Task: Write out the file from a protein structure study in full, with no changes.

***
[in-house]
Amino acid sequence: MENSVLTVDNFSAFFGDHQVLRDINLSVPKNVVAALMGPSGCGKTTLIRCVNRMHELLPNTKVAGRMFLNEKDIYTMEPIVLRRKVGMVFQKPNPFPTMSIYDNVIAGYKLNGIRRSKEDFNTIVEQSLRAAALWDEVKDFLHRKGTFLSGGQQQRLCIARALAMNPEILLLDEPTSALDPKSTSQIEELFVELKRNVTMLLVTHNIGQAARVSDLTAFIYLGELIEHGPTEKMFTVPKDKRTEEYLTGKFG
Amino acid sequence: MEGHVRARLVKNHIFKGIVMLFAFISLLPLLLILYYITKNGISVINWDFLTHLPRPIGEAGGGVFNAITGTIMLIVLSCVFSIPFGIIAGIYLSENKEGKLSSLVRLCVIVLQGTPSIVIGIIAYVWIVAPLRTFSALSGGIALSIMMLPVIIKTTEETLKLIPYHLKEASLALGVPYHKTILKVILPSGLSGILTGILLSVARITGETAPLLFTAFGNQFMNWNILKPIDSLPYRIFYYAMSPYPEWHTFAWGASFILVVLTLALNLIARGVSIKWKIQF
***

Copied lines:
[in-house]
Amino acid sequence: MENSVLTVDNFSAFFGDHQVLRDINLSVPKNVVAALMGPSGCGKTTLIRCVNRMHELLPNTKVAGRMFLNEKDIYTMEPIVLRRKVGMVFQKPNPFPTMSIYDNVIAGYKLNGIRRSKEDFNTIVEQSLRAAALWDEVKDFLHRKGTFLSGGQQQRLCIARALAMNPEILLLDEPTSALDPKSTSQIEELFVELKRNVTMLLVTHNIGQAARVSDLTAFIYLGELIEHGPTEKMFTVPKDKRTEEYLTGKFG
Amino acid sequence: MEGHVRARLVKNHIFKGIVMLFAFISLLPLLLILYYITKNGISVINWDFLTHLPRPIGEAGGGVFNAITGTIMLIVLSCVFSIPFGIIAGIYLSENKEGKLSSLVRLCVIVLQGTPSIVIGIIAYVWIVAPLRTFSALSGGIALSIMMLPVIIKTTEETLKLIPYHLKEASLALGVPYHKTILKVILPSGLSGILTGILLSVARITGETAPLLFTAFGNQFMNWNILKPIDSLPYRIFYYAMSPYPEWHTFAWGASFILVVLTLALNLIARGVSIKWKIQF